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If you are someone without hate, you are kind to your classmates, you include everyone when playing on the playground and you say nice things.

And you are kind every day, not just on the national Day Without Hate.

These are the ideas of the West Jefferson Elementary School first graders, who celebrated Day Without Hate with the entire school on April 29. However, April was Kindness Month throughout the school.

On Friday, students took part in yoga classes, made peace flags, spent time in kindness circles and drew pictures and messages with chalk on sidewalks and playgrounds. This year’s theme was Rise Above, so the school used it as a metaphor with the flags. 

Students in the 15-minute yoga classes, taught by Julie Noyle, worked on breathing, mindfulness and focusing by using a few simple yoga poses. She asked them to close their eyes and focus on how they were feeling, and what they were hearing and tasting. After a lesson, Noyle asked second graders how they felt, and their responses ranged from calm and happy to tired and excited.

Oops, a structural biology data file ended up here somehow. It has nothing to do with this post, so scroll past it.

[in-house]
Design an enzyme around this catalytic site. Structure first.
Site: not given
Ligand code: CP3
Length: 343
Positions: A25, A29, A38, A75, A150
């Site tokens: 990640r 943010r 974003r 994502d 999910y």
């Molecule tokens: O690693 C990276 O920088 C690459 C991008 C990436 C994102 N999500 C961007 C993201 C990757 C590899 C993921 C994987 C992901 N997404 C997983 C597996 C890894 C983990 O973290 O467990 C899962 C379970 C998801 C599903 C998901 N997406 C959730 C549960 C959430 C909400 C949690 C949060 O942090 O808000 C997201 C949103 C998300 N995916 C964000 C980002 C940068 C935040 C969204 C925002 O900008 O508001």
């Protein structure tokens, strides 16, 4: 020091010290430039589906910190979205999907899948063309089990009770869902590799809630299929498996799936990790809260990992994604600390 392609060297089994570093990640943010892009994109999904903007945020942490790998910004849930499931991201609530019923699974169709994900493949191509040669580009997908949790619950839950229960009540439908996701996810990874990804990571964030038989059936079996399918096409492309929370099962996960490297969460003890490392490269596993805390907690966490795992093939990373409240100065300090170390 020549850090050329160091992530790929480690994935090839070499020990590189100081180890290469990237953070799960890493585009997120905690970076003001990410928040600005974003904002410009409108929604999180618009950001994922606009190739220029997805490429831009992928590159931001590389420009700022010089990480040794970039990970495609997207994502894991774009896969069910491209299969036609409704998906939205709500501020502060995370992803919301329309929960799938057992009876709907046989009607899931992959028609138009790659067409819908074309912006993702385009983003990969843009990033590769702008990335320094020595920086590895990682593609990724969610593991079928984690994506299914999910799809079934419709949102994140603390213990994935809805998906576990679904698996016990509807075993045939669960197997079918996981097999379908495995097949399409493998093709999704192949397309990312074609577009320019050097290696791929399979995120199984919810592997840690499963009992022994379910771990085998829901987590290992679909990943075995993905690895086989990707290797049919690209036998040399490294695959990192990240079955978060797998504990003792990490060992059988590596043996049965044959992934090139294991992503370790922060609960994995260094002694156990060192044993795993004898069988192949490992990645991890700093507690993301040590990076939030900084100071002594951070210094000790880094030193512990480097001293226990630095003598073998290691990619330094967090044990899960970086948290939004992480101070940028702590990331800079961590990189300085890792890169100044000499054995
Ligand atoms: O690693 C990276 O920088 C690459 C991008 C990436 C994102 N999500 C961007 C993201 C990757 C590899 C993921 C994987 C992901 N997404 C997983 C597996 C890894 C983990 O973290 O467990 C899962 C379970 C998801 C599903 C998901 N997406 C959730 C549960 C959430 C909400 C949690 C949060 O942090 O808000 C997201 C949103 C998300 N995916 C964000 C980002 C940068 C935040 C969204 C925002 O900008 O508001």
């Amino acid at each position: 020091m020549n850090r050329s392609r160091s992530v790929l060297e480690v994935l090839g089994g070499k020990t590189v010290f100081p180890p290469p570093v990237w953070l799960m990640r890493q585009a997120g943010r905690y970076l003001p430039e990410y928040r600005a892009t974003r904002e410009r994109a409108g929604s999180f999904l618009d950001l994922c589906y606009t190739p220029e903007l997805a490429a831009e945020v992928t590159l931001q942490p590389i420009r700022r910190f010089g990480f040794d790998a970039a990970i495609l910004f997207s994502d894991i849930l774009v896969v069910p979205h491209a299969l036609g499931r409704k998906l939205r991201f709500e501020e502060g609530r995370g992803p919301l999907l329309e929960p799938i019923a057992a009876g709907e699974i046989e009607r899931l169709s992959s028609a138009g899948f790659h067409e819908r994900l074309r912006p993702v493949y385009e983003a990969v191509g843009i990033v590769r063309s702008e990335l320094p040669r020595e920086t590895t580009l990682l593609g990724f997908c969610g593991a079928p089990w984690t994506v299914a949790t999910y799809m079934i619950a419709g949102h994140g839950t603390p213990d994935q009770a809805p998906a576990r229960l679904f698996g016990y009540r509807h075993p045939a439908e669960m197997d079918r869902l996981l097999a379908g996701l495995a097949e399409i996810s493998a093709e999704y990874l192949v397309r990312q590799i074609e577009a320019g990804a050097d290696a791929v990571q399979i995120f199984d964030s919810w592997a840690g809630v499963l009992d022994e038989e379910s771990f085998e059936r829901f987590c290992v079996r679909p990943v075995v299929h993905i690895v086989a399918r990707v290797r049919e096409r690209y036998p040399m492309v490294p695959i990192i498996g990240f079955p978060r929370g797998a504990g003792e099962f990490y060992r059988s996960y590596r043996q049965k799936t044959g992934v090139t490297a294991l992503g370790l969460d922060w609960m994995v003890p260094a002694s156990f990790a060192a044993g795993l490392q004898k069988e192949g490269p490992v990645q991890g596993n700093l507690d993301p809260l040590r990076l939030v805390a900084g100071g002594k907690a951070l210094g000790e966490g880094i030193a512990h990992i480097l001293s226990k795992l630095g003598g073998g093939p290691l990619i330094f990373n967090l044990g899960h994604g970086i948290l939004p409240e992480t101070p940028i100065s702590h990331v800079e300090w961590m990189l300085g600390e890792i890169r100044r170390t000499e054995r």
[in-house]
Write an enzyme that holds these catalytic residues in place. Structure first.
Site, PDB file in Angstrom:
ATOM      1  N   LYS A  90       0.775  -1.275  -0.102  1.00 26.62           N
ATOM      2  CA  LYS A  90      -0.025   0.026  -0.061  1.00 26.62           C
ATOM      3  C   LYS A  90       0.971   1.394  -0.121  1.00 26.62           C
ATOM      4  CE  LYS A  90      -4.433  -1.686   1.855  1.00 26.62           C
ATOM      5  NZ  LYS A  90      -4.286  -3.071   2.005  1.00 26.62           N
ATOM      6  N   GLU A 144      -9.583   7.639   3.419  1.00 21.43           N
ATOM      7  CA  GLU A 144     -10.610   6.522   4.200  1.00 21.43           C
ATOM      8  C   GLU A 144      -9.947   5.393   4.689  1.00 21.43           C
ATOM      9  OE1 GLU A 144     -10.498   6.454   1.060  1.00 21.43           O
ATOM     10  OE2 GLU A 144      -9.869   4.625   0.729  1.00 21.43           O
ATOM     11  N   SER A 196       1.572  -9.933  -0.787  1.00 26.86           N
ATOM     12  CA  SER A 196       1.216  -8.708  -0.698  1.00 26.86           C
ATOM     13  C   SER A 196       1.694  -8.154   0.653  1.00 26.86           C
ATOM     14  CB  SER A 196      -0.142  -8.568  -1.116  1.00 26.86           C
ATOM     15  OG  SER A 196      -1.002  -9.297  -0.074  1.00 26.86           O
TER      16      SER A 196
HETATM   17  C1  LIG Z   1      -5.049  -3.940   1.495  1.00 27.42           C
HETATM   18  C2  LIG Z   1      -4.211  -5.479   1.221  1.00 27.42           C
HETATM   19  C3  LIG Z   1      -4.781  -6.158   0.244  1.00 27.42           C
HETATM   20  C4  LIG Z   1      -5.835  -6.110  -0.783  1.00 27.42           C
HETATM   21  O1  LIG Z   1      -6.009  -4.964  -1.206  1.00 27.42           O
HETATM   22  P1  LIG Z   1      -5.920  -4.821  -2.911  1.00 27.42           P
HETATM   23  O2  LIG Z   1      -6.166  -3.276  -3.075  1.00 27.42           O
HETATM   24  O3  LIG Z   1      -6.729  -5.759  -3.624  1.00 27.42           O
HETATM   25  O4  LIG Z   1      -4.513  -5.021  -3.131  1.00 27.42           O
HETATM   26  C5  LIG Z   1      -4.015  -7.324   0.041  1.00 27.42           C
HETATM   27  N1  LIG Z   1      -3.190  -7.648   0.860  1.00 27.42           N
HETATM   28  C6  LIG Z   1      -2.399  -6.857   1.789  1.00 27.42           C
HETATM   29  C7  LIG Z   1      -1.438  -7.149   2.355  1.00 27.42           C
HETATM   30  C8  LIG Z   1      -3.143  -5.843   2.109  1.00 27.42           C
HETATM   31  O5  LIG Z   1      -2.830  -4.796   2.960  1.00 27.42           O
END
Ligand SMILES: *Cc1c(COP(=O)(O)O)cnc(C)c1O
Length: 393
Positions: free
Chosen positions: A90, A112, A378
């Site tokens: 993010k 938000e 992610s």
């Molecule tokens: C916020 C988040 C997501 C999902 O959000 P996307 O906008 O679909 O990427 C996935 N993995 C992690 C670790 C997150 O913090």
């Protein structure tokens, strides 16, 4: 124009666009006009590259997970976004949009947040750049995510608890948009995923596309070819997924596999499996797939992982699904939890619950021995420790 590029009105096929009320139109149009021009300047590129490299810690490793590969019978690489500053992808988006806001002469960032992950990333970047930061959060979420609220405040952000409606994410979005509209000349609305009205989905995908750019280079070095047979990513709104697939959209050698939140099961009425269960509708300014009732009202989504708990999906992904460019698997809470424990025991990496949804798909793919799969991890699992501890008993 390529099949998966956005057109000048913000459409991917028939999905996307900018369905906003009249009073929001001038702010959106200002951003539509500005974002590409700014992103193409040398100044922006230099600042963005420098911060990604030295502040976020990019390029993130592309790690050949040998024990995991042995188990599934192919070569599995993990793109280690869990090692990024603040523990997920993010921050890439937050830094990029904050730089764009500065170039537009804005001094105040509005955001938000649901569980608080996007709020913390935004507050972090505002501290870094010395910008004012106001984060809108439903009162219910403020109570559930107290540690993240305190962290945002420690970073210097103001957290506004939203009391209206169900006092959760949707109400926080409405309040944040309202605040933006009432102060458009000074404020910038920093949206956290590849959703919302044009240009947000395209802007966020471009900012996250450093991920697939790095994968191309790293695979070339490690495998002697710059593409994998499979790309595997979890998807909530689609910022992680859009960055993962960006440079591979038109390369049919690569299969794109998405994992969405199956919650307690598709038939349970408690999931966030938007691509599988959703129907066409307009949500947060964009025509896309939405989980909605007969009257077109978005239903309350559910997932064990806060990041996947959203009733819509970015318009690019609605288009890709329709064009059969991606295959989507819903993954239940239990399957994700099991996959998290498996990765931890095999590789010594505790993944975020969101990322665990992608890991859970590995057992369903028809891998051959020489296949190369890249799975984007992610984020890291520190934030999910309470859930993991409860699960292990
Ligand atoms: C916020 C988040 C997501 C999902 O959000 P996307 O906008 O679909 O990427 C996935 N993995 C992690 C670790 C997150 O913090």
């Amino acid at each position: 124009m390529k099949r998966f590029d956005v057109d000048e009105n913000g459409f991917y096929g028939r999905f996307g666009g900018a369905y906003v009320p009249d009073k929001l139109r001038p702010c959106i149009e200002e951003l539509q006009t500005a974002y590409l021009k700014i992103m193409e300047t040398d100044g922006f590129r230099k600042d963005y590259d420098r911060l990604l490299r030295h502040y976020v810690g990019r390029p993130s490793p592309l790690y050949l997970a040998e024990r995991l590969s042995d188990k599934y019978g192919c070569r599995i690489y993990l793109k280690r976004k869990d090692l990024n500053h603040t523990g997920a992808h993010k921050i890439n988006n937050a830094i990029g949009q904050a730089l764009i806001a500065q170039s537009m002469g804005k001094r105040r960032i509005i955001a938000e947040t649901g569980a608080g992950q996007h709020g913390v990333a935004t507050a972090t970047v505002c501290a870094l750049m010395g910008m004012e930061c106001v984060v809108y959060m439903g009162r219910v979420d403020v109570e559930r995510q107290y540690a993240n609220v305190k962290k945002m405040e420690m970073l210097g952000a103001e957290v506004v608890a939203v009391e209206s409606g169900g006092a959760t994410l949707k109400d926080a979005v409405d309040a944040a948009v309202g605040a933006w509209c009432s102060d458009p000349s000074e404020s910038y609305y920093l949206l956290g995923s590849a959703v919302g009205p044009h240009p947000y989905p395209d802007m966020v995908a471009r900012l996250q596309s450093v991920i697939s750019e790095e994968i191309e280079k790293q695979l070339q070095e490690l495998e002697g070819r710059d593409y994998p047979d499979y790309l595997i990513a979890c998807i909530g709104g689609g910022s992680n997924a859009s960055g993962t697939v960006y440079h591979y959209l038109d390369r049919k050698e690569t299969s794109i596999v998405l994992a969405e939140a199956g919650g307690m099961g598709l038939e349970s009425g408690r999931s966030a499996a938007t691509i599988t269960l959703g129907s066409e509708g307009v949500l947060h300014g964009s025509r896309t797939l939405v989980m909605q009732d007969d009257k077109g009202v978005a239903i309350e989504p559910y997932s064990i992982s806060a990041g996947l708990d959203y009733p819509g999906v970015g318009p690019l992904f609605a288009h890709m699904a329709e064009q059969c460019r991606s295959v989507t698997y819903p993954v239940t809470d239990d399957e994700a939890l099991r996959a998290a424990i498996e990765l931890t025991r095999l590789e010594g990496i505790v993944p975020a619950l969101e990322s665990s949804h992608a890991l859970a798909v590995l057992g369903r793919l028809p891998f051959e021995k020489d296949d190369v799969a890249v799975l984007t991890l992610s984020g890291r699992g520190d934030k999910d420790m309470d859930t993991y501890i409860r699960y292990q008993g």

Students made small flags that were attached to rope and strung from the roof in the school’s garden courtyard. Organizers hope the flags will be a daily reminder of rising above to be kinder to each other.

The chalk artwork was a colorful reminder of happiness and positive thoughts, while in the kindness circles, students tossed a small ball to one another, with time to give specific compliments to another classmate to make the receiver feel good.

Preschoolers told each other that they liked to play together, and they told preschool teacher Julie Lee that they were glad she was their teacher.

Throughout April, the school sponsored events to thank bus drivers, first responders, military and health care workers. Students wrote thank-you cards to staff members, and they wrote kindness notes to themselves as a reminder that it was important to be kind to yourself, too.

Liz Wehr, the mountain area social/emotional learning specialist, wrote a message to the entire school explaining the reasons for the kindness activities that was read as the peace flags blew in the wind.

“When we unite with other students and accept everyone’s differences, we are experiencing how to be part of something bigger than just ourselves,” Wehr wrote. “Today and every day we will set our differences aside. We will use the power of our words to lift each other up and make each other feel good rather than bring others down. Today and every day we will go out of our way to be kind, caring and compassionate.”

She explained that the peace flags represent peace, compassion, strength, wisdom and kindness, blowing in the wind to spread messages of peace to others.

Teachers wore Day Without Hate t-shirts with a quote from poet Amanda Gorman on the back: “For there is always light if only we’re brave enough to see it. If only we’re brave enough to be it.”